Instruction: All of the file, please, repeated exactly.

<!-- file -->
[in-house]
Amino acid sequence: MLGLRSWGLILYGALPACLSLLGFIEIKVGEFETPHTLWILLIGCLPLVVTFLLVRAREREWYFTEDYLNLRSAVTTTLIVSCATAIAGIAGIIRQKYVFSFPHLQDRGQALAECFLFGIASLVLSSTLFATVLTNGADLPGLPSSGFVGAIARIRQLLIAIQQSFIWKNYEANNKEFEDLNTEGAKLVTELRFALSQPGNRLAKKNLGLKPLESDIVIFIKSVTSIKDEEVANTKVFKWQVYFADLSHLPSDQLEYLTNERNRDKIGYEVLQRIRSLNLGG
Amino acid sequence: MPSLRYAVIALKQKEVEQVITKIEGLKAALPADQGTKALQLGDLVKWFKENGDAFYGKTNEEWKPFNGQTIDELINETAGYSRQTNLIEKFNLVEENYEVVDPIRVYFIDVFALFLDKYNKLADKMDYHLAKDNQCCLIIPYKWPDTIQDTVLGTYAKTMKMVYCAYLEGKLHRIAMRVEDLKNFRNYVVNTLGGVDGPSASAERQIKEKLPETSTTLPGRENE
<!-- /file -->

[in-house]
Amino acid sequence: MLGLRSWGLILYGALPACLSLLGFIEIKVGEFETPHTLWILLIGCLPLVVTFLLVRAREREWYFTEDYLNLRSAVTTTLIVSCATAIAGIAGIIRQKYVFSFPHLQDRGQALAECFLFGIASLVLSSTLFATVLTNGADLPGLPSSGFVGAIARIRQLLIAIQQSFIWKNYEANNKEFEDLNTEGAKLVTELRFALSQPGNRLAKKNLGLKPLESDIVIFIKSVTSIKDEEVANTKVFKWQVYFADLSHLPSDQLEYLTNERNRDKIGYEVLQRIRSLNLGG
Amino acid sequence: MPSLRYAVIALKQKEVEQVITKIEGLKAALPADQGTKALQLGDLVKWFKENGDAFYGKTNEEWKPFNGQTIDELINETAGYSRQTNLIEKFNLVEENYEVVDPIRVYFIDVFALFLDKYNKLADKMDYHLAKDNQCCLIIPYKWPDTIQDTVLGTYAKTMKMVYCAYLEGKLHRIAMRVEDLKNFRNYVVNTLGGVDGPSASAERQIKEKLPETSTTLPGRENE